This week’s episode of The Walking Dead largely consisted of Negan beating a dead horse for 90 minutes (nearly one-third of which was commercials). It was an episode that could’ve easily fit into the normal hour-long runtime and might have been much better for it. It essentially repeated the themes of the first and third episode — that Negan is a bad, bad man — in a new location, here Alexandria, where most of its citizens got their first taste of the series’ latest villain. It was more of the same.
Negan Wears Out His Welcome
I think Jeffrey Dean Morgan is a good actor. However, we are quickly learning that — as is the case with a lot of scene-stealing characters — Negan is better in shorter doses. He’s cartoonish almost to the point of absurdity, and while that might work as a form of sadistic comic relief, it begins to feel grating for viewers at a certain point. It’s overkill. The overemphasis on every third word, the teeth sucking, and some of the cringeworthy lines (“Easy peasy lemon squeezy!”) have grown stale. How many idle threats can he make? How many times can Rick prevent himself from killing Negan? How many times can Negan humiliate Rick or Daryl or Olivia (we finally know the pantry lady’s name!) before viewers at home throw their hands up in the air. “We get it! He’s a really bad guy! Can we move on now?”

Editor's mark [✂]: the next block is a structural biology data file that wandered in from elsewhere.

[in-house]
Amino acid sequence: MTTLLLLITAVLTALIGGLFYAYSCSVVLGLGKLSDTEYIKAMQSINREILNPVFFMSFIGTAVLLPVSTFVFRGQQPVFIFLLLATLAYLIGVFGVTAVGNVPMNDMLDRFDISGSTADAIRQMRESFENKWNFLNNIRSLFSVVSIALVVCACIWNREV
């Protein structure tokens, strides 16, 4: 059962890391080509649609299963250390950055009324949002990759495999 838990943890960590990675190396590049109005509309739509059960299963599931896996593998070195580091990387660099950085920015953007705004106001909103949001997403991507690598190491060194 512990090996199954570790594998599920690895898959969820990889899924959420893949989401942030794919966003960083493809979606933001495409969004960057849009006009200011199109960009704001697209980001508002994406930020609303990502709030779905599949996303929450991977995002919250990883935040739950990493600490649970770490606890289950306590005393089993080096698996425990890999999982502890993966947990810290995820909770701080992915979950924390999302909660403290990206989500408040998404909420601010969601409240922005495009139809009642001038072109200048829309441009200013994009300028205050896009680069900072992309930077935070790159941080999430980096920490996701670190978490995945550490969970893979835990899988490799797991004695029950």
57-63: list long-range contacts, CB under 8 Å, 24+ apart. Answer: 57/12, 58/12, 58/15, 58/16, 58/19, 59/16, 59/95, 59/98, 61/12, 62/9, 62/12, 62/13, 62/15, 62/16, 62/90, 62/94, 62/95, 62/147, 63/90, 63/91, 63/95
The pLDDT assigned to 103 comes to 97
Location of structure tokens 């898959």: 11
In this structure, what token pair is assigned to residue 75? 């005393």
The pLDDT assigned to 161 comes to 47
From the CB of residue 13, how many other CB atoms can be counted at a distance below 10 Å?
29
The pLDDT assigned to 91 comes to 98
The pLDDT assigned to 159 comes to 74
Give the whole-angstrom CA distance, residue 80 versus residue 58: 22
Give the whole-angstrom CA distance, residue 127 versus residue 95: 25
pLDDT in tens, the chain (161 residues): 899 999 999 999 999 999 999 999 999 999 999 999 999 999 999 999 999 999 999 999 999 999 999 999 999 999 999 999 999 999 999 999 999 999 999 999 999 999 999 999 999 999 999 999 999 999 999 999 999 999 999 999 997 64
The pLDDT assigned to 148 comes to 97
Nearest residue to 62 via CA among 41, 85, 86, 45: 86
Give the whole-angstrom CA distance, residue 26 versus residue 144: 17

Ezekiel was a huge success in the second episode because he presented a larger-than-life character who was a lot of fun. But by episode’s end, we got to know him as a human being. We got to know the person underneath the facade. We’ve spent the better part of three episodes with Negan now, and we don’t know him any better than we did when he was introduced to the series at the end of last season. He’s a bad-guy caricature. We don’t know his backstory. We don’t understand his real motivations. We know that he likes to bully and intimidate people, and if pressed, he’s willing to kill. But we don’t understand why at all.
I sincerely hope that at some point soon we find out that there is a deeper layer to Negan. I know he has a heartbreaking backstory in the comics, but on the TV series, he increasingly feels like a stock villain. There is absolutely nothing human about him, and his one-dimensionality increasingly contrasts poorly with the more developed characters on the series who have more gears than Negan’s hoo-ra sadism.